“Content is king” has widely been proclaimed by marketing folks for decades
Today, it’s a message that continues to be embraced wholeheartedly by marketers.
Five exabytes of content were created between the birth of the world and 2003. In 2014, five exabytes of content were created each day.
Yet, despite this outpouring, content is not working.
In 2015, Moz and Buzzsumo analysed a million posts to understand the correlation between different types of content, and discovered that 85 percent of online content is redundant.
Think of the time, effort and money that went into that 85 percent. Think of what could have been, had it been invested elsewhere. Think of the 59 percent of marketers who will increase spend on redundant content in 2016.
Something is broken. There’s just too much content.
(Before we go further, let me state I’m fully aware of the hypocrisy of writing a piece about content that is, by definition, a piece of content. But digital is nothing if not meta, so it can’t be helped.)
Orwell feared the truth would be concealed from us. Huxley feared the truth would be drowned in a sea of irrelevance.
It looks like Huxley will be right.
The deluge of content is so great, there’s a modern condition named for it – 'Content Shock'.
Brands are advised to post to Twitter anywhere from 10-30 times per day. The Huffington Post publishes 1,200 pieces of content a day. Coca-Cola spends more on content than on television advertising. 130,000 articles are published every week on LinkedIn. It’s expensive to create, it’s hard to filter, it’s impossible to consume.
To cut through the noise, a reductionist approach has been adopted. The current advice for reaching a large audience on LinkedIn is to write about one of five categories. Since when did the entire population of global professionals decide they were only interested in five things? That’s 130,000 posts a week, largely on the same five topics.
It’s Groundhog Day with hashtags, content for content’s sake.
So far, so much complaining. Am I calling for the end of content creation? No, but I am calling for a focus not on content, but on quality and purpose.
It’s not possible to create content at his volume and scale and retain a degree of quality. Mark Duffy (aka Copyranter) recently wrote on the linguistic gymnastics employed to define and justify the content assault. Xero’s CMO has described content marketing as ‘garbage’, and it aptly describes much of what has been produced in its name.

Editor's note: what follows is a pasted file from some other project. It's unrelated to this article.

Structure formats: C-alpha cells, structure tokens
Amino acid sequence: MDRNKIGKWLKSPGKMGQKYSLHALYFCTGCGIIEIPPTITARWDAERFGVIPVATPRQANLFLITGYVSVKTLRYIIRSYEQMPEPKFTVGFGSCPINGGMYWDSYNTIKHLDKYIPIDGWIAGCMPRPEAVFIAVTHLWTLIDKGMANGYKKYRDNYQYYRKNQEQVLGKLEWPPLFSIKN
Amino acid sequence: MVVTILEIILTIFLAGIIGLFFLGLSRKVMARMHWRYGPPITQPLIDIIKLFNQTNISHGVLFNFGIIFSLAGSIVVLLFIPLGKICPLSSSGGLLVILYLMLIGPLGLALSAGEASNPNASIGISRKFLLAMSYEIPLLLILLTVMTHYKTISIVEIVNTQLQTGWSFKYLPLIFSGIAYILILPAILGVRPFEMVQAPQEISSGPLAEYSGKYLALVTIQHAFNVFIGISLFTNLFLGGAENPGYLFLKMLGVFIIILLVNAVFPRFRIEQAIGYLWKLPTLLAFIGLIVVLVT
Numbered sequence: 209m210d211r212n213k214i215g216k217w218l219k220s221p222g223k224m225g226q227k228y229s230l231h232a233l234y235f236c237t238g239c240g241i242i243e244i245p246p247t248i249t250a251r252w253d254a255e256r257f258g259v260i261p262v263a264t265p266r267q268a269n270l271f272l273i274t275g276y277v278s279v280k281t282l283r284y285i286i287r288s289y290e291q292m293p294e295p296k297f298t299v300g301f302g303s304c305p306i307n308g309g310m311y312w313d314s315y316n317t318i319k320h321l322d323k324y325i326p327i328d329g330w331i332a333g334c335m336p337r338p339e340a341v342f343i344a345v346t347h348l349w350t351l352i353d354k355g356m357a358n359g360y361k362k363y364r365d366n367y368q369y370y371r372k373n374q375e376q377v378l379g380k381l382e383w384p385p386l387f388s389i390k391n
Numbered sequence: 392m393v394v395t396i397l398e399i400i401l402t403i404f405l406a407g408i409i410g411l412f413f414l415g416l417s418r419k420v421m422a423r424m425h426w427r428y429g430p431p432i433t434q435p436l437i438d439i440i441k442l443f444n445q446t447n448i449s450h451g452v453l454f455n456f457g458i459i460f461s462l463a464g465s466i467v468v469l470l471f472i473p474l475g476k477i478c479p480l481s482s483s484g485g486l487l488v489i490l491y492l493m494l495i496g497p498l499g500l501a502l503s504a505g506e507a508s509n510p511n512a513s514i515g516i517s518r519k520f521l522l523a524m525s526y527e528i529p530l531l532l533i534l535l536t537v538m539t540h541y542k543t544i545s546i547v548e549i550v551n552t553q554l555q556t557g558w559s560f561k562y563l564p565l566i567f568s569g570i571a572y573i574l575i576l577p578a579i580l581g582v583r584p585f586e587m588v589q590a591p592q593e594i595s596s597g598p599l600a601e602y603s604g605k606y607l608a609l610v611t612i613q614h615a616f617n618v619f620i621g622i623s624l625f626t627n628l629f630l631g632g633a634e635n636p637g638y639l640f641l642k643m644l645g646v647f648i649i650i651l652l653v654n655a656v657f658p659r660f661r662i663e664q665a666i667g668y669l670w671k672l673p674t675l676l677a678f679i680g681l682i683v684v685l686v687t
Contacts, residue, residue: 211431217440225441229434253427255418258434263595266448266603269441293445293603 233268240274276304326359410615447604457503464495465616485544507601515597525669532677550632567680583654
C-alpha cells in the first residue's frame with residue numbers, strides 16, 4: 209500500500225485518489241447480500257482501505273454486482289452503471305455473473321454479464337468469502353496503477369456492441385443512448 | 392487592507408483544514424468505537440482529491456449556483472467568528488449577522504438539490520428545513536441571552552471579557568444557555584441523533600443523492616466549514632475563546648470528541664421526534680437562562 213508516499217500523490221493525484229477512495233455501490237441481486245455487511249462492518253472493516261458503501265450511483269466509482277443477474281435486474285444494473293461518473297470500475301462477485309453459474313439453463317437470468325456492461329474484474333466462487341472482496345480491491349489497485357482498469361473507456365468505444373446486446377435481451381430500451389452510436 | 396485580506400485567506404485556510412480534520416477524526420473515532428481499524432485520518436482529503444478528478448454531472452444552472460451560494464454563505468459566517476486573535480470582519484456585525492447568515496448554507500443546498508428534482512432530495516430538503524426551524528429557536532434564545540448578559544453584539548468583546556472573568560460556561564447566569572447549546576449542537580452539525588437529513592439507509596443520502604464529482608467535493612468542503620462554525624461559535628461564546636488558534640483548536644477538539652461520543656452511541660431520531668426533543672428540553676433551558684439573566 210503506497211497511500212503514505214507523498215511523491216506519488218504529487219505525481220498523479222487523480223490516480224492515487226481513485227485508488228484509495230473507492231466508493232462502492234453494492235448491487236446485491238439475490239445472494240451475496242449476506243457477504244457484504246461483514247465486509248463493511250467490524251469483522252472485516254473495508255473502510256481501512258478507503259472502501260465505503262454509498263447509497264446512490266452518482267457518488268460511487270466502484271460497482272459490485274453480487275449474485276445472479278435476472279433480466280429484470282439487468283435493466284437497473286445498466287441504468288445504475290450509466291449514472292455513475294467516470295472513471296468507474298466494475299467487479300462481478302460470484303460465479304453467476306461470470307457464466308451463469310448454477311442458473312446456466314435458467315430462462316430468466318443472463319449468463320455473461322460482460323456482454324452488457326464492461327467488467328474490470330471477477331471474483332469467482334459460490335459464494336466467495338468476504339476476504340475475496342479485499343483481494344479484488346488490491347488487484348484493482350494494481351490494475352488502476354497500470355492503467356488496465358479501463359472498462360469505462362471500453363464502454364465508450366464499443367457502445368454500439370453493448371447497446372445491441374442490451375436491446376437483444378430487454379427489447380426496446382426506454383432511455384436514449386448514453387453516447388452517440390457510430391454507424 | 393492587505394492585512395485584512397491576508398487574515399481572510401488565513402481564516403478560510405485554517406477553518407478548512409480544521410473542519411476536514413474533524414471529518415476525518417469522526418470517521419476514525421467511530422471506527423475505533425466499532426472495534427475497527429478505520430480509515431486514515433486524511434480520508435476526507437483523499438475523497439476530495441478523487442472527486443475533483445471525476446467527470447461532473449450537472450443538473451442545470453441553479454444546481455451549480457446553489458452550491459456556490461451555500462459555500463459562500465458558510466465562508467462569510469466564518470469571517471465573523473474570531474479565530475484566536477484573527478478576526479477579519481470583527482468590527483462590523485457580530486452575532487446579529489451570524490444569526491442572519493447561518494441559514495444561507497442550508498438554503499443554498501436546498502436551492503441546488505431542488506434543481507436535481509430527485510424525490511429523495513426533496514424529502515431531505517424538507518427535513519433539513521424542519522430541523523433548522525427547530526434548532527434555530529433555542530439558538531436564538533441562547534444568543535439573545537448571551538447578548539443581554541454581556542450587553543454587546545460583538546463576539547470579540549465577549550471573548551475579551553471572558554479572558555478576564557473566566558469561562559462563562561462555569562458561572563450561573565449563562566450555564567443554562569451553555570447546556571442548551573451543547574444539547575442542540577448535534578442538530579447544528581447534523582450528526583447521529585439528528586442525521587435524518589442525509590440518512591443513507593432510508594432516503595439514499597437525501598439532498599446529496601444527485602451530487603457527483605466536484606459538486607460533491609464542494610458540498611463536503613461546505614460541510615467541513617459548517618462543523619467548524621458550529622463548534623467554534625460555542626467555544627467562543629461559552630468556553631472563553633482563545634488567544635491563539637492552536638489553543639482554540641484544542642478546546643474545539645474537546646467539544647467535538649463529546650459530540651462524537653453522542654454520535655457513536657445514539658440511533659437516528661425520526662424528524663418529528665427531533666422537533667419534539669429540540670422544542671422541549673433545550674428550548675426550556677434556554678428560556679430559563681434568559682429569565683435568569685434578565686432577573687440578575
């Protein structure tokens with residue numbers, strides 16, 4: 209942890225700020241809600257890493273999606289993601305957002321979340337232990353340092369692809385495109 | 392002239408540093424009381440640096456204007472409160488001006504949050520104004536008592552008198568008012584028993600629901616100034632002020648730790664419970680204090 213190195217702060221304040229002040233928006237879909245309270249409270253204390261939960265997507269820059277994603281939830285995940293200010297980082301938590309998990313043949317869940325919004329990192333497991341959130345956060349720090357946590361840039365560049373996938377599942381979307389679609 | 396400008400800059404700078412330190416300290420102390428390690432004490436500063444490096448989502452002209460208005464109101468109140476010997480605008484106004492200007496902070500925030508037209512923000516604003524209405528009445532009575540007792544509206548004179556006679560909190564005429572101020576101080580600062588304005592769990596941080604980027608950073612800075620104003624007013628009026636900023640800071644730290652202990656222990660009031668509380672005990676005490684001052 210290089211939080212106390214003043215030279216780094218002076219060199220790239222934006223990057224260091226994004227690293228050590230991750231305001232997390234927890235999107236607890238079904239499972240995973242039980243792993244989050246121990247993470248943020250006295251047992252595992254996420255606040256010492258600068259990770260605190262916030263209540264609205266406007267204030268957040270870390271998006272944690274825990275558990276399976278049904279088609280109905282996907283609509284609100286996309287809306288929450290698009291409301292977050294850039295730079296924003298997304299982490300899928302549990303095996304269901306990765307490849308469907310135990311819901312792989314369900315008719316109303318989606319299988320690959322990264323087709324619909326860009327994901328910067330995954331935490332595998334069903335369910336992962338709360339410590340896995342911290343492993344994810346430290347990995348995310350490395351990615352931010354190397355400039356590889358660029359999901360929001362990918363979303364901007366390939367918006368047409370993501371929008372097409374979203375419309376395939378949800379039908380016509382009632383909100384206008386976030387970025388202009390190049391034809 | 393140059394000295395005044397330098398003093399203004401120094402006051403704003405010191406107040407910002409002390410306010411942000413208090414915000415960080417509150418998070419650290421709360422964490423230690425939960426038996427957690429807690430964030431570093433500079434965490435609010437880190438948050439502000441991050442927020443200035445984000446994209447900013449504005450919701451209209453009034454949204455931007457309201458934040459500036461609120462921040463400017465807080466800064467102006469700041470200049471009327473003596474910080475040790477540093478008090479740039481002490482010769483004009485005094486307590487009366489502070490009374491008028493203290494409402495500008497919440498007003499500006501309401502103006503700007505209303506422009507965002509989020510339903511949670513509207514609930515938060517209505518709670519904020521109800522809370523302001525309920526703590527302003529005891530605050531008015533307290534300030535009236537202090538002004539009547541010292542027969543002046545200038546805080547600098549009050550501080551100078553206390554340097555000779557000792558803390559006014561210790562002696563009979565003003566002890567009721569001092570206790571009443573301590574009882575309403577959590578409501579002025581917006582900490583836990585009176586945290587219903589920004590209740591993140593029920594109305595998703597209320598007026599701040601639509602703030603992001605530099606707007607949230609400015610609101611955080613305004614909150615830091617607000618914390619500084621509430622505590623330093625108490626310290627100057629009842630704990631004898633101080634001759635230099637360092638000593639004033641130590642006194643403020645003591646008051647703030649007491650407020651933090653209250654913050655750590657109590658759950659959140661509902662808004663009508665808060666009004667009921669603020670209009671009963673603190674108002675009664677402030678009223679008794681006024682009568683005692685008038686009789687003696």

Ad blocking is an industry headache, but the real issue is quality. Use of ad blockers is simply an indicator of consumer dissatisfaction with digital content. Who can blame them, when a recent survey stated that 70 percent of brands produce poor quality content when judged against challenging criteria like, you know, being easy to read.
The decline in quality is symptomatic of a decline in purpose, of misunderstanding what content is actually for, combined with a self-imposed pressure to churn out content multiple times a day.
This has been driven, in part, by this absurd notion that every brand in digital is now a ‘storyteller’. Yet the majority of consumers, even those who liked your page or feed, have little interest in your brand story. Give them something genuinely useful, and maybe, just maybe, they’ll stick around for a moment. But your story? Who cares!
Consumers don’t have time to pay attention. They want content that addresses their intent, solves a problem or meets a need, in that moment, on that device. It all comes back to a clear strategy and the customer experience - content with purpose, acting in the context of a larger journey, moving customers from A to B.
There’s an obvious business rationale here too. Great content requires an investment, if not in its creation, then at least in its promotion. But if your content achieves no measurable result, if it’s part of the 85%, then it’s a waste of money. Is your content solving problems? Are you measuring its performance beyond tactical outputs, beyond clicks and likes and shares? Is it actually changing anything?
That’s the key. Less is more and purpose is king. Be original. Don’t write another listicle. Quality trumps quantity every time. Ignore everything you’ve ever read about how often you ‘should’ post. If you must create content, do so because, as brand or human, you have something truly, genuinely, purposeful to say.
The king is dead. Long live the king.
- Kevin Fitzsimons is the founder of Element Digital.